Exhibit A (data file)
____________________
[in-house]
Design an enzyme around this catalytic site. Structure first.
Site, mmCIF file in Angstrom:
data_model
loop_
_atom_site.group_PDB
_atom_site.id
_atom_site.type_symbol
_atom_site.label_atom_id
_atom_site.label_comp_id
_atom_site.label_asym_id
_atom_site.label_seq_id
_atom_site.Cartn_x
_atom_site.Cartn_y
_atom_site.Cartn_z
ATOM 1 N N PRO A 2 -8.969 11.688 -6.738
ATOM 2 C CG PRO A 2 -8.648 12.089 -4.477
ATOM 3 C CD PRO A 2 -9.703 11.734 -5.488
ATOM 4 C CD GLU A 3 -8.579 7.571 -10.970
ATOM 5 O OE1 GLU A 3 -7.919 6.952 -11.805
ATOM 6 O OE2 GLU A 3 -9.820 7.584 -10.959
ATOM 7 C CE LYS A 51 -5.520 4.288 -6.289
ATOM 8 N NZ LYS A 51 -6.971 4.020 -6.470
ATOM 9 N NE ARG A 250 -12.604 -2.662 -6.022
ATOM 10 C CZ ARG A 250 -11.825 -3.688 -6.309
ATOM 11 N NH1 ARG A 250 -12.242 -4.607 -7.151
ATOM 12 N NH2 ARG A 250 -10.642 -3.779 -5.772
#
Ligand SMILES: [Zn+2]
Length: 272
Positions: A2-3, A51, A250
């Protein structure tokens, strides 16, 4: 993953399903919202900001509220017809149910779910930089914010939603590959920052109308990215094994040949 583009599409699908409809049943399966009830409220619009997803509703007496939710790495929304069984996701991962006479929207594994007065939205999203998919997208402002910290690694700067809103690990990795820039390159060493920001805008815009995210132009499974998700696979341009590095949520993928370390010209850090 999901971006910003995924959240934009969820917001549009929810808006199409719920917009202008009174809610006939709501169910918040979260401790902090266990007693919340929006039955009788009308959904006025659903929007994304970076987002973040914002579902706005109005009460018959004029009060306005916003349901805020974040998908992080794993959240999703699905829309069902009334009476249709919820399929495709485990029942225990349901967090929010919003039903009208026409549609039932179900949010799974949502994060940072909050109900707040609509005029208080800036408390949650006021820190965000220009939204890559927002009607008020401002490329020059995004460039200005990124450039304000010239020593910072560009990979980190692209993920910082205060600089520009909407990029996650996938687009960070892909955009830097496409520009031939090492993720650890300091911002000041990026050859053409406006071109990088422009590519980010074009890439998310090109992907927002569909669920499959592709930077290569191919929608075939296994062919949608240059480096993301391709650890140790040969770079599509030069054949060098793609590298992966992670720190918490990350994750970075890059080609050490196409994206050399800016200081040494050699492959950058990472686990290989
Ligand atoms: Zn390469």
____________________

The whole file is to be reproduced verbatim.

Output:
[in-house]
Design an enzyme around this catalytic site. Structure first.
Site, mmCIF file in Angstrom:
data_model
loop_
_atom_site.group_PDB
_atom_site.id
_atom_site.type_symbol
_atom_site.label_atom_id
_atom_site.label_comp_id
_atom_site.label_asym_id
_atom_site.label_seq_id
_atom_site.Cartn_x
_atom_site.Cartn_y
_atom_site.Cartn_z
ATOM 1 N N PRO A 2 -8.969 11.688 -6.738
ATOM 2 C CG PRO A 2 -8.648 12.089 -4.477
ATOM 3 C CD PRO A 2 -9.703 11.734 -5.488
ATOM 4 C CD GLU A 3 -8.579 7.571 -10.970
ATOM 5 O OE1 GLU A 3 -7.919 6.952 -11.805
ATOM 6 O OE2 GLU A 3 -9.820 7.584 -10.959
ATOM 7 C CE LYS A 51 -5.520 4.288 -6.289
ATOM 8 N NZ LYS A 51 -6.971 4.020 -6.470
ATOM 9 N NE ARG A 250 -12.604 -2.662 -6.022
ATOM 10 C CZ ARG A 250 -11.825 -3.688 -6.309
ATOM 11 N NH1 ARG A 250 -12.242 -4.607 -7.151
ATOM 12 N NH2 ARG A 250 -10.642 -3.779 -5.772
#
Ligand SMILES: [Zn+2]
Length: 272
Positions: A2-3, A51, A250
């Protein structure tokens, strides 16, 4: 993953399903919202900001509220017809149910779910930089914010939603590959920052109308990215094994040949 583009599409699908409809049943399966009830409220619009997803509703007496939710790495929304069984996701991962006479929207594994007065939205999203998919997208402002910290690694700067809103690990990795820039390159060493920001805008815009995210132009499974998700696979341009590095949520993928370390010209850090 999901971006910003995924959240934009969820917001549009929810808006199409719920917009202008009174809610006939709501169910918040979260401790902090266990007693919340929006039955009788009308959904006025659903929007994304970076987002973040914002579902706005109005009460018959004029009060306005916003349901805020974040998908992080794993959240999703699905829309069902009334009476249709919820399929495709485990029942225990349901967090929010919003039903009208026409549609039932179900949010799974949502994060940072909050109900707040609509005029208080800036408390949650006021820190965000220009939204890559927002009607008020401002490329020059995004460039200005990124450039304000010239020593910072560009990979980190692209993920910082205060600089520009909407990029996650996938687009960070892909955009830097496409520009031939090492993720650890300091911002000041990026050859053409406006071109990088422009590519980010074009890439998310090109992907927002569909669920499959592709930077290569191919929608075939296994062919949608240059480096993301391709650890140790040969770079599509030069054949060098793609590298992966992670720190918490990350994750970075890059080609050490196409994206050399800016200081040494050699492959950058990472686990290989
Ligand atoms: Zn390469």